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VII. Requirements of Malting Barley
MALTING BARLEY I N THE UNITED STATES
may represent an improvement in the malting quality of the barley. However, these changes are accepted rather reluctantly, if at all, by industry
because modification of their operation may result in a slightly different
end product or affect the economics of production. Thus, specifications
for malt often include the amounts of the barley varieties desired as the
raw material, along with standards for other properties.
Certain factors are used to evaluate malting quality. Some of these
factors can be determined ,from the barley grain while others are evaluated
on the malt. Anderson et al. (1943) gave an excellent discussion of malting quality characteristics for Canadian barleys. A report from the Brewing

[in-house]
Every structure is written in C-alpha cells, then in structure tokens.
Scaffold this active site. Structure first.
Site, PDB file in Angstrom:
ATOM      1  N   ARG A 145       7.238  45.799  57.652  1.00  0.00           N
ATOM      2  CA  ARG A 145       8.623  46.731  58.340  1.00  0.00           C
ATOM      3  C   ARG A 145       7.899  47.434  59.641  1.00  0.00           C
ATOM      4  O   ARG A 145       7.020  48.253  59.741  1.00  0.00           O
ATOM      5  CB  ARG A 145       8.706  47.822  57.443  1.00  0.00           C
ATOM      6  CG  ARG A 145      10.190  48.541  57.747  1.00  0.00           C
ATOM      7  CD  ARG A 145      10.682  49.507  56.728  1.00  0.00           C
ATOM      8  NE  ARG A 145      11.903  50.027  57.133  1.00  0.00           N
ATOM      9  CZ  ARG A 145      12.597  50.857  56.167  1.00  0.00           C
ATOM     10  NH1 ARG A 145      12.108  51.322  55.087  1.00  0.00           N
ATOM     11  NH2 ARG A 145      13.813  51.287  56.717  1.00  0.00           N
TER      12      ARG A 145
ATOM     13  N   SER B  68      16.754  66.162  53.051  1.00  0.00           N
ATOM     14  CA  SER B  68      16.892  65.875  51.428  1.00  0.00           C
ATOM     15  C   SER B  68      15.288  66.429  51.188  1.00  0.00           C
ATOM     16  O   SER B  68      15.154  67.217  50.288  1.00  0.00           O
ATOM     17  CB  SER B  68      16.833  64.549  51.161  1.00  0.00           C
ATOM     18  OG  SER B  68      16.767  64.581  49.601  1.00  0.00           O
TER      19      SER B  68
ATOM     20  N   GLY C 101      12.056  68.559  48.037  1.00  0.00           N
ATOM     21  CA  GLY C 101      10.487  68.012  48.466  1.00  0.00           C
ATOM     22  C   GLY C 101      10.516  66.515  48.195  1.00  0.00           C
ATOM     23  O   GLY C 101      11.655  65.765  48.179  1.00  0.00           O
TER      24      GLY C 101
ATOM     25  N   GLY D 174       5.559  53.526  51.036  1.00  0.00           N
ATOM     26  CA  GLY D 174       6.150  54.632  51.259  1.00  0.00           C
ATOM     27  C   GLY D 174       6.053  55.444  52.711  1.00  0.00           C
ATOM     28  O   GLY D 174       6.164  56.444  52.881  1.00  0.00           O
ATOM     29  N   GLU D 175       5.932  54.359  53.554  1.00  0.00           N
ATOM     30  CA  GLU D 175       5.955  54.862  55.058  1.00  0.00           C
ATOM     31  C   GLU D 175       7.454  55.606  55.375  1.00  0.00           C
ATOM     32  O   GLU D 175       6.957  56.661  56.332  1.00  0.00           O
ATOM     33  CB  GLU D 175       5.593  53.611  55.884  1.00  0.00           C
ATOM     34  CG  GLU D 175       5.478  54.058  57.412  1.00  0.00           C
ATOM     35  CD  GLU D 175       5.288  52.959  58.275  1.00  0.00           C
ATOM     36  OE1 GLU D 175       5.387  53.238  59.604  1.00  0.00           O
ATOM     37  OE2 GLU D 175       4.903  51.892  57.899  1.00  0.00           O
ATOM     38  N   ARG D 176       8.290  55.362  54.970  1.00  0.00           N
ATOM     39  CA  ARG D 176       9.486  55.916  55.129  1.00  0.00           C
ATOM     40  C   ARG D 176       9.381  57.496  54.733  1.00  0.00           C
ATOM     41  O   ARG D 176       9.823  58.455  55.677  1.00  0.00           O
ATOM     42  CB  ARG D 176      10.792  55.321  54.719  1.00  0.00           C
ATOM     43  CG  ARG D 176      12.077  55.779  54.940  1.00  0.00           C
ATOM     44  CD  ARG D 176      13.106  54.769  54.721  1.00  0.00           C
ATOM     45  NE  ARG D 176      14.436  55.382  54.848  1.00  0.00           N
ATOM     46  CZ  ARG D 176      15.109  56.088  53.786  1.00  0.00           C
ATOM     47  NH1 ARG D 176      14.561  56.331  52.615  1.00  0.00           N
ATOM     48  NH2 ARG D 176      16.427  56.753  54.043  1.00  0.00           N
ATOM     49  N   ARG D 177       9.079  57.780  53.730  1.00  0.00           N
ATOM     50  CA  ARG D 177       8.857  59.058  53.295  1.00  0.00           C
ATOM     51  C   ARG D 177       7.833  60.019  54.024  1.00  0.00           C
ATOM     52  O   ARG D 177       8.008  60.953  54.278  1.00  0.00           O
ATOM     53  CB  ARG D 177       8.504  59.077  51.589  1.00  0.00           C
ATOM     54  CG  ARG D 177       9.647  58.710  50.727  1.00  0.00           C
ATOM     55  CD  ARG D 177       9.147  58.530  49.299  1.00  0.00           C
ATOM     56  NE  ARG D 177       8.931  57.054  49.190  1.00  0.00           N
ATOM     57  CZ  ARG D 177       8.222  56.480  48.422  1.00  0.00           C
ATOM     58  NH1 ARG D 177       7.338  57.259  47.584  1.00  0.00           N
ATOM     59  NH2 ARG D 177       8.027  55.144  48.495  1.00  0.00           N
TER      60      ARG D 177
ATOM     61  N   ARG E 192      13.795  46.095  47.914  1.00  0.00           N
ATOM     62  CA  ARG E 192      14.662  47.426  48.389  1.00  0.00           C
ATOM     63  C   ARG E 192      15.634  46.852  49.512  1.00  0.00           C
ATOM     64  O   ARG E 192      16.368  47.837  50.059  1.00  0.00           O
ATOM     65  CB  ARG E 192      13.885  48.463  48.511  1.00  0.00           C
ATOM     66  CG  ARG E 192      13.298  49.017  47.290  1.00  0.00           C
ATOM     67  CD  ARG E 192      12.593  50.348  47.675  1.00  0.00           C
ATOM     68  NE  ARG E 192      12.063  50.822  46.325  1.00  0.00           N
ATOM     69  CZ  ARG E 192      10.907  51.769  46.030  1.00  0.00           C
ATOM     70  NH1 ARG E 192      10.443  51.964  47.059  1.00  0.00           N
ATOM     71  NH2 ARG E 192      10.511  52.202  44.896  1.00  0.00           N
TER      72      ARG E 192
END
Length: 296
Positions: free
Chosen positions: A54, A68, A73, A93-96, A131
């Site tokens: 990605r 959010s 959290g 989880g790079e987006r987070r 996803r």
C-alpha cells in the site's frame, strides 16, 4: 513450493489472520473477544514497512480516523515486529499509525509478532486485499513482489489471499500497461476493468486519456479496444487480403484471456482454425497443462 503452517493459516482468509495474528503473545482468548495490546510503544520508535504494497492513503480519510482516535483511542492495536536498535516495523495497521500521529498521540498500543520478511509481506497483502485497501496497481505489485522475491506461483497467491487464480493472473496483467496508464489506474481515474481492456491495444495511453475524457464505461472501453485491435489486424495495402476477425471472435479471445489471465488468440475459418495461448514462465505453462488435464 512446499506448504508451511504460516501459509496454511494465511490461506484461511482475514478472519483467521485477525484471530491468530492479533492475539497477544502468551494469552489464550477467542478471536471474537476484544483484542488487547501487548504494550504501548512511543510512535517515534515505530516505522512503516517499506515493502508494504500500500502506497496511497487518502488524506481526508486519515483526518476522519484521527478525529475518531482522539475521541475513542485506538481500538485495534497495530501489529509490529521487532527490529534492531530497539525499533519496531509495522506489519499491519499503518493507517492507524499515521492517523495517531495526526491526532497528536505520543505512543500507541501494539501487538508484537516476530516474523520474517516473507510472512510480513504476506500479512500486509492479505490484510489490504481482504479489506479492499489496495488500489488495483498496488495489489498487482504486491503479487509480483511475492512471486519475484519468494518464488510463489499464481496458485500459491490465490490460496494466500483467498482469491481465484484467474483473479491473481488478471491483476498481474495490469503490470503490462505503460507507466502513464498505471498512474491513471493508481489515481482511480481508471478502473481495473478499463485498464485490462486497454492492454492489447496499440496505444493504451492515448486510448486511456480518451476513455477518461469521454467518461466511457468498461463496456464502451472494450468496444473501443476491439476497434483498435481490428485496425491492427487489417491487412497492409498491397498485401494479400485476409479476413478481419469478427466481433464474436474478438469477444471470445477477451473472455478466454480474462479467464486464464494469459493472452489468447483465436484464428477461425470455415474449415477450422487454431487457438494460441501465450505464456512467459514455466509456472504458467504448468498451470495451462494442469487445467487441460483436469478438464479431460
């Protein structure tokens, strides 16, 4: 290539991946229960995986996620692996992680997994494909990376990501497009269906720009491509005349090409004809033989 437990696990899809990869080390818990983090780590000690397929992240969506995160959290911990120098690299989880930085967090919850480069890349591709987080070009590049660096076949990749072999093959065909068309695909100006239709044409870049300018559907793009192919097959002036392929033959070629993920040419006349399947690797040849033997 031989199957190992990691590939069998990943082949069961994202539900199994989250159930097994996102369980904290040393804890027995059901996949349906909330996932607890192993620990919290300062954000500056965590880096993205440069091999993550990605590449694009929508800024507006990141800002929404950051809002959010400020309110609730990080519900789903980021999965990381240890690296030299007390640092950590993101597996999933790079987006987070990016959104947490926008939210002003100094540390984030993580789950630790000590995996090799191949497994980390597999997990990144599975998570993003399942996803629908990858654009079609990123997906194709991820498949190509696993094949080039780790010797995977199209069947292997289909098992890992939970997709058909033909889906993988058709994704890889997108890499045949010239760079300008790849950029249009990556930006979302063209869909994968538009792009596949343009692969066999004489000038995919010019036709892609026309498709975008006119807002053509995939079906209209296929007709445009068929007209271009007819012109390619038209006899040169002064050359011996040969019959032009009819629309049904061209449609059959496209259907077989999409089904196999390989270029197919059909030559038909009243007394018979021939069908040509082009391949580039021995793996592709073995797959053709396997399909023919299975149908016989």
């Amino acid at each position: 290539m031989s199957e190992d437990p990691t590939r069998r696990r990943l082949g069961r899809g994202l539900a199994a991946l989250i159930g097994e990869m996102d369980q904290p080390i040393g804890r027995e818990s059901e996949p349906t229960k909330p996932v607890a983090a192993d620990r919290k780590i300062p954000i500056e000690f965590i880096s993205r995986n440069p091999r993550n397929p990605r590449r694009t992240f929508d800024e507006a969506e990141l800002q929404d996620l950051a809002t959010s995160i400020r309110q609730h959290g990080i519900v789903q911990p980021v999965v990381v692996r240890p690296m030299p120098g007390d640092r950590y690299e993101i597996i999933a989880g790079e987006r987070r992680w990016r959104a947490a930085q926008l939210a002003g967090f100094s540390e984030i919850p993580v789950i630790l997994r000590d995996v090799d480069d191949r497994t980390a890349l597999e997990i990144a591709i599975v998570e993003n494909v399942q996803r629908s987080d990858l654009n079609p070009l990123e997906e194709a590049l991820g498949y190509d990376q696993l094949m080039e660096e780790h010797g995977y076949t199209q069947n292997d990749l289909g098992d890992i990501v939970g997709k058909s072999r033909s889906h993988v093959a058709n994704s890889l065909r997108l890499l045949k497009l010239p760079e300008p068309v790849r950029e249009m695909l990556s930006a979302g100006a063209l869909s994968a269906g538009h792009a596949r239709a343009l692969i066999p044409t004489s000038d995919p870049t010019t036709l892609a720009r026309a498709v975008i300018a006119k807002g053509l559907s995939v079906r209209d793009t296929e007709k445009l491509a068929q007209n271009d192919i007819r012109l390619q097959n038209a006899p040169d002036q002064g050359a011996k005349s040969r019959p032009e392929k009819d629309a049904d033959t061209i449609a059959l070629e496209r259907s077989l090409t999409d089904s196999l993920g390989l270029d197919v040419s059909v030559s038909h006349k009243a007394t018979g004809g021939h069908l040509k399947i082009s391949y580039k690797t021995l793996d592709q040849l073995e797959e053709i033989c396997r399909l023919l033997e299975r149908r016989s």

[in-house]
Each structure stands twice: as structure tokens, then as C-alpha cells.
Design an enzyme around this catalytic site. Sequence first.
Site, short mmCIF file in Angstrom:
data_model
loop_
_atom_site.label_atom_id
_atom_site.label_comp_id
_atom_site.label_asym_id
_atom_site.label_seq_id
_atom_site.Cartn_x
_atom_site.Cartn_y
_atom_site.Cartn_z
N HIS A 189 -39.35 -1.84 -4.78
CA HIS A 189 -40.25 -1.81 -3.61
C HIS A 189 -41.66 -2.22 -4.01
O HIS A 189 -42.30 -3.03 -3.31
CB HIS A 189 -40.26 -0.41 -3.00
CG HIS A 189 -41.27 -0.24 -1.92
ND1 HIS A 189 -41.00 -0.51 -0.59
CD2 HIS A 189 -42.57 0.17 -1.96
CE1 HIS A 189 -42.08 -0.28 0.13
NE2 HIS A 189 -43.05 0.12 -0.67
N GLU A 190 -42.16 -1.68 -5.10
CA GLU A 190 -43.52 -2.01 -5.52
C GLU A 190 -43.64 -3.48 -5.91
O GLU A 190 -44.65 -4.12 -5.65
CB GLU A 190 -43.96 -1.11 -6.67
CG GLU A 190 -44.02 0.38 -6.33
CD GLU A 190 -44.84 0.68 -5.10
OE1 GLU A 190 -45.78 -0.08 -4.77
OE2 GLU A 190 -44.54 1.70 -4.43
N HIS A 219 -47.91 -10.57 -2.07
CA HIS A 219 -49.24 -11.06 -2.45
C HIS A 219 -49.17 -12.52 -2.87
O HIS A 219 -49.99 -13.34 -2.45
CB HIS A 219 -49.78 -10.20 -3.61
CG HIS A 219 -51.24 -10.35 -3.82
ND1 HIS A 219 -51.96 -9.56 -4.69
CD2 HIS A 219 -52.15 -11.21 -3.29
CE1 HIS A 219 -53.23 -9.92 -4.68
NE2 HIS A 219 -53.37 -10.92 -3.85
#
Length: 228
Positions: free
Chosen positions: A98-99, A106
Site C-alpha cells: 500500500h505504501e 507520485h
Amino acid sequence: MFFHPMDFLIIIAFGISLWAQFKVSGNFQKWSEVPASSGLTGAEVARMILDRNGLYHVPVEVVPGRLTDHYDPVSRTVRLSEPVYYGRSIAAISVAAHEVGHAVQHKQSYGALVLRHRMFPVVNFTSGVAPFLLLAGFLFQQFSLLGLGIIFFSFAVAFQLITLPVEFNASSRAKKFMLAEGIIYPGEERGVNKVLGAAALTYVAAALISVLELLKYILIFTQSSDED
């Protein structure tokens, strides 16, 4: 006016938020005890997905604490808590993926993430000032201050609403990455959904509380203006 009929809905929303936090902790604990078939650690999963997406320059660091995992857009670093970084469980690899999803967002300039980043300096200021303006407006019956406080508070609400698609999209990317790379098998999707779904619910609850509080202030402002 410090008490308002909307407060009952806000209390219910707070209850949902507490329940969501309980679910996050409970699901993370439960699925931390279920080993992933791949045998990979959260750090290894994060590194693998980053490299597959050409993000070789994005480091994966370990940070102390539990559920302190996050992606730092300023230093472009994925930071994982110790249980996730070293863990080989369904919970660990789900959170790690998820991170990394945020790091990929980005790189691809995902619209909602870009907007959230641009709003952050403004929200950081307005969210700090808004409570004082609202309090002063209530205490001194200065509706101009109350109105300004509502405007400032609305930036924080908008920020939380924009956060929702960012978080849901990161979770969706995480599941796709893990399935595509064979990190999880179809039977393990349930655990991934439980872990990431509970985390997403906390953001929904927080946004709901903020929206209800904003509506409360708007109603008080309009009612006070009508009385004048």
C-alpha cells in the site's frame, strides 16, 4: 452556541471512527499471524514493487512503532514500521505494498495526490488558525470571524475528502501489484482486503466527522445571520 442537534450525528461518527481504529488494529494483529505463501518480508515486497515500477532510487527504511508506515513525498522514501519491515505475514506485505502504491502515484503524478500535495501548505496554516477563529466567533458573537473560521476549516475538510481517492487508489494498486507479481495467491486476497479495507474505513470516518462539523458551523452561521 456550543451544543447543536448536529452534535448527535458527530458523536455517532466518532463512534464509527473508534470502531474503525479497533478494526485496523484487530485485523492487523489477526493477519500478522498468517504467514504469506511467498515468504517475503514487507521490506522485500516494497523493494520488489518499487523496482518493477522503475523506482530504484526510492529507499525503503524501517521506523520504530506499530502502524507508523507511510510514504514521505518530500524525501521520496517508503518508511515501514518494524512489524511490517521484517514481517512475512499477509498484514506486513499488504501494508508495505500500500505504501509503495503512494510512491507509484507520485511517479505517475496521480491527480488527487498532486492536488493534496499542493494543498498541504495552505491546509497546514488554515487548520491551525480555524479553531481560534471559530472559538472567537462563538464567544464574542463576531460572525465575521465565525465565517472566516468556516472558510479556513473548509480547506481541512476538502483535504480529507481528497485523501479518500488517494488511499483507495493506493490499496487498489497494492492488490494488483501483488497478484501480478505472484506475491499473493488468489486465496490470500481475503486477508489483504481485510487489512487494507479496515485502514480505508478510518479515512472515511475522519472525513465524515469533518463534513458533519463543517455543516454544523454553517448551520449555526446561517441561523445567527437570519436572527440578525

and Malting Barley Research Institute, Winnipeg, Manitoba, in 1967, defined the standards for many of the malting quality properties. Specific
standards for malting quality factors desired by the United States industry
have not been published, but the general requirements have been discussed
by Dickson and Burkhart (1956), Sfat (1963), Olson (1963), Rosenbusch (1966), Hunt ( 1968), and Seidl ( 1972). Various committees involving industry, state, and federal personnel have attempted to establish
desirable ranges for the measured quality factors. Eflbrts coordinated by
the Malting Barley Improvement Association, Milwaukee, Wisconsin, are
continuing toward this objective.
Grain buyers at the local market and malting barley merchandisers at
the terminal grain markets use characteristics of the barley grain to determine price and quality premiums. Barley variety, protein content, kernel